Arkansas is now launching the next phase of its ASQ screening initiative by extending it to an additional 48 programs using CCDBG quality set-aside funds. As it continues, the initiative will include webinars for physicians and physician assistants to broaden their knowledge and understanding of the project and to facilitate the connection between the children screened, their parents, and their medical care providers.
Throughout the screening initiative, Arkansas has evaluated its effectiveness in reaching children with screening and connecting families to pediatric follow-up care. The evaluation, which is done by the University of Arkansas for Medical Sciences Department of Family and Preventive Medicine, has shown positive results, including evidence of increased knowledge about developmental screening among participating child care providers, increased integration of the ASQ tool into child care settings, and the identification of barriers to screening for parents, child care providers, and physicians. Among the parents of children who scored in the monitoring or referral range of the ASQ, 93 percent indicated they were somewhat to very likely to discuss results with their child's doctor.
As Arkansas moves into the next phase of its screening initiative, it is taking stock of its child care and early education policies and considering ways they can increase early childhood screening and better connect families to medical care. Policy changes they are considering include increasing the requirement around screening for child care providers in the subsidy program and strengthening requirements around screening in the state quality rating and improvement system (QRIS), Better Beginnings.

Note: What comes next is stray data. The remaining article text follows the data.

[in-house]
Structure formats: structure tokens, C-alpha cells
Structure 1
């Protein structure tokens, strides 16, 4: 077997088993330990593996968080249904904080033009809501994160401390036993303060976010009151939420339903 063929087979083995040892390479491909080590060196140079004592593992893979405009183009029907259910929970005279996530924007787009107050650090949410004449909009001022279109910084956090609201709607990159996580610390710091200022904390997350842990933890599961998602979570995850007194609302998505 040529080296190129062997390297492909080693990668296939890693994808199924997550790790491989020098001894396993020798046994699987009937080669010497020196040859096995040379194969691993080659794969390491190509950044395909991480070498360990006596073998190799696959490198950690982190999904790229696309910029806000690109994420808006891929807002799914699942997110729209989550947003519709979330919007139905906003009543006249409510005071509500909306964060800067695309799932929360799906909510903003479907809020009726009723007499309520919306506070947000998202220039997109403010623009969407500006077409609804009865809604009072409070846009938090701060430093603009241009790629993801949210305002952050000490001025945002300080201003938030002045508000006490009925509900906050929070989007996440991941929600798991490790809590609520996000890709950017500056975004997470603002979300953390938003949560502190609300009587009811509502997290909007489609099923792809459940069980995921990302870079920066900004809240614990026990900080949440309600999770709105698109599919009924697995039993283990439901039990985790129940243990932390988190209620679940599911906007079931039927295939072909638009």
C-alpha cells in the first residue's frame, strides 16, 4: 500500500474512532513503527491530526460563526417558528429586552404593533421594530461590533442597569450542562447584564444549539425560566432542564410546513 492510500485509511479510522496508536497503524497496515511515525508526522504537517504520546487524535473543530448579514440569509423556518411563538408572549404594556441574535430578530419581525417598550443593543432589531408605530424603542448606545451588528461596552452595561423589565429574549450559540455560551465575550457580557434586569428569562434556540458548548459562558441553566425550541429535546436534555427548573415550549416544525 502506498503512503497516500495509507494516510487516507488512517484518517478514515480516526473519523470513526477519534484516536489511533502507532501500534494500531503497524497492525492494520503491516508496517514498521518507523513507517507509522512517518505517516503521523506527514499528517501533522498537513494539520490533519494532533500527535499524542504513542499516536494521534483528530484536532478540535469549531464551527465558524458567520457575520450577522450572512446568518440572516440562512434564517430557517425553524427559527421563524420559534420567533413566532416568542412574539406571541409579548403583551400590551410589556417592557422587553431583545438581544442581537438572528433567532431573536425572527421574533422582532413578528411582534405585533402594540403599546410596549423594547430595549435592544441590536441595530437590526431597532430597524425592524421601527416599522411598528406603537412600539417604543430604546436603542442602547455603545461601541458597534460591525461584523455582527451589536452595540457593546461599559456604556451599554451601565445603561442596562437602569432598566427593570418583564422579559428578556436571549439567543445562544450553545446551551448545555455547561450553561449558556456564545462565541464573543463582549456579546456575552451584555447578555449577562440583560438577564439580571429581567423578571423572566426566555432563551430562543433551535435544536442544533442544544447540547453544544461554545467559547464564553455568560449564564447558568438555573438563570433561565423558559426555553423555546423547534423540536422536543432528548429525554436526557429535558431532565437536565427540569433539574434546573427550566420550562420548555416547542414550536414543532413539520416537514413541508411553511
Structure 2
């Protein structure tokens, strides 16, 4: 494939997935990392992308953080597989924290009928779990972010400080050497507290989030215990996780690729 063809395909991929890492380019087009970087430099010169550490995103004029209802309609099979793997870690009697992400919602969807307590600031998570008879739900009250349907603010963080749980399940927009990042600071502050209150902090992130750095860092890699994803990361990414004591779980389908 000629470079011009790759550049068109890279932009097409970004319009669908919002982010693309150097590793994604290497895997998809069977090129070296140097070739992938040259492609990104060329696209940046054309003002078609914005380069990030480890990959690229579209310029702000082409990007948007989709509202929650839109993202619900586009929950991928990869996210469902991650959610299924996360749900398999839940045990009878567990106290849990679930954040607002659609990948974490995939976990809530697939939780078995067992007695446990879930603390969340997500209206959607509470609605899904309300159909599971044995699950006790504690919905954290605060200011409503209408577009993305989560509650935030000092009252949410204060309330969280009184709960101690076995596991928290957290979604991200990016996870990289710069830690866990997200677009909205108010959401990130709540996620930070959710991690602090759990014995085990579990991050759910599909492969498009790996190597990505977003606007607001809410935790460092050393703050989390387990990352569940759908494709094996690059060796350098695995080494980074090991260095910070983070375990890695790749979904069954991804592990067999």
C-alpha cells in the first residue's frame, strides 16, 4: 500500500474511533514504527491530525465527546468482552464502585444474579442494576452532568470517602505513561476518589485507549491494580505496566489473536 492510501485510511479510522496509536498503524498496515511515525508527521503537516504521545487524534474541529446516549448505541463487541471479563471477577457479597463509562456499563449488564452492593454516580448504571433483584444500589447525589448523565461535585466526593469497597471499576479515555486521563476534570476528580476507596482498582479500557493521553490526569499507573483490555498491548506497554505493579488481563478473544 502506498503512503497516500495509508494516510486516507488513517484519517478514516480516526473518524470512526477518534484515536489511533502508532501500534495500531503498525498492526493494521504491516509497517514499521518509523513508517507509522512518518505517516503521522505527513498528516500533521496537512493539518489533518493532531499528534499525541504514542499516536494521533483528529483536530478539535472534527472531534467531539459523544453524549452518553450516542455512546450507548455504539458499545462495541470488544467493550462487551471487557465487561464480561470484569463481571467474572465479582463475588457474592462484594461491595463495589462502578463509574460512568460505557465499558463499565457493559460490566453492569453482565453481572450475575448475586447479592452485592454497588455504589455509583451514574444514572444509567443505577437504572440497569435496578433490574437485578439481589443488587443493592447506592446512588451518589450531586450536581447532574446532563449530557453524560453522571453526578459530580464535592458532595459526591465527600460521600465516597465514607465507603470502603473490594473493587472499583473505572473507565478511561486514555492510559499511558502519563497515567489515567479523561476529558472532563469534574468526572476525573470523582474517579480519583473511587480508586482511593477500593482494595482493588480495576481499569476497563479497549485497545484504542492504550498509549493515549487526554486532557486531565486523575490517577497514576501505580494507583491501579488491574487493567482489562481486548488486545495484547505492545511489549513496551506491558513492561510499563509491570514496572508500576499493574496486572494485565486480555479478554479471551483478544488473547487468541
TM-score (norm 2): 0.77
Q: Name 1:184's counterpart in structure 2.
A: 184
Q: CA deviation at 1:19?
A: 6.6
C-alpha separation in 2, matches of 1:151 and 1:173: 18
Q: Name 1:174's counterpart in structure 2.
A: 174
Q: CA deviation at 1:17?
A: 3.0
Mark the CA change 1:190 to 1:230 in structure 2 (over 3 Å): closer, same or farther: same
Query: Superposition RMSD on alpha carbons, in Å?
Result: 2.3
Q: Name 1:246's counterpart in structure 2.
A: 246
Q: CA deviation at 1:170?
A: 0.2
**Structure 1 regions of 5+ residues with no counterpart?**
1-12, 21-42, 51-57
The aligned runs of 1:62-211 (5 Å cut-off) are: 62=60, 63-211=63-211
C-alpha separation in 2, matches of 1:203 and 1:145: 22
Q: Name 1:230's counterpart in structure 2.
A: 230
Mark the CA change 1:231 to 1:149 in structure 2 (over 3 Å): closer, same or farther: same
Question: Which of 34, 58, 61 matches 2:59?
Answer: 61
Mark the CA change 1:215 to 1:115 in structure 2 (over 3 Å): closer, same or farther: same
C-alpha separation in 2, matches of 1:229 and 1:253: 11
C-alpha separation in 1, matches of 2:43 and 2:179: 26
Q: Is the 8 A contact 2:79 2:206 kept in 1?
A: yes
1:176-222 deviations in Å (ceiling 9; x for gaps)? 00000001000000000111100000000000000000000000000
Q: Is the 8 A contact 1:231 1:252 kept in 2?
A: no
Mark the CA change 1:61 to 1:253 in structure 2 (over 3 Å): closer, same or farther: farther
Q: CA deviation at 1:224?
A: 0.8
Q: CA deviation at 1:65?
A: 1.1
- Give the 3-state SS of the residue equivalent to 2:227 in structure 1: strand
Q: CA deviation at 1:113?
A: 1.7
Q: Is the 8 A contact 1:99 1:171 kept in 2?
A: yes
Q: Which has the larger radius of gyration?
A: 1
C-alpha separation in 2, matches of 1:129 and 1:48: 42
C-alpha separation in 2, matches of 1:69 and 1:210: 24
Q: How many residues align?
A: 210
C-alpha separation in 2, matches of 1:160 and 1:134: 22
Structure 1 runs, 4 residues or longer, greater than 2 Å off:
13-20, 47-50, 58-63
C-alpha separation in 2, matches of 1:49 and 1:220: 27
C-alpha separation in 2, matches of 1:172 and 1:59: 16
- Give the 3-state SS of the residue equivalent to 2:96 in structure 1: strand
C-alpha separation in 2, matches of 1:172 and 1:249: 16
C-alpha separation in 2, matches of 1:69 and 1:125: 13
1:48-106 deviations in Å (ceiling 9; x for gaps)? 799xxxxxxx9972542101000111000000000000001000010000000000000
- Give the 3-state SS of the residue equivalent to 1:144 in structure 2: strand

To help sustain the initiative's effects, Arkansas has also sought changes in state Medicaid policies to provide more stable funding for screenings that are part of the EPSDT mandate. Recently, the Arkansas' Medicaid program approved funding to cover developmental screening done by physicians using the approved Ages and Stages Questionnaire (ASQ) or another validated tool. However, due to state budget restrictions, that provision of state Medicaid policy has not been fully implemented, perhaps limiting the number of physicians willing to complete the federally mandated screenings under EPSDT.
By aligning child care and early education policy, early childhood professional development resources, and Medicaid EPSDT policies, states can build partnerships like the one in Arkansas to increase screening rates and better identify and treat children with developmental problems in child care and early education settings.
Arkansas Department of Human Services
Division of Child Care and Early Childhood Education
[i] Center on the Developing Child at Harvard University (2007). A Science-Based Framework for Early Childhood Policy: Using Evidence to Improve Outcomes in Learning, Behavior, and Health for Vulnerable Children. pg 3. http://developingchild.harvard.edu
[ii] UAMS College of Medicine Department of Family and Preventive Medicine. (2011). The DHS/DCCECE Ages and Stages Project. Little Rock, AR: Whiteside-Mansell, L., Shapley, K., & Dent, J.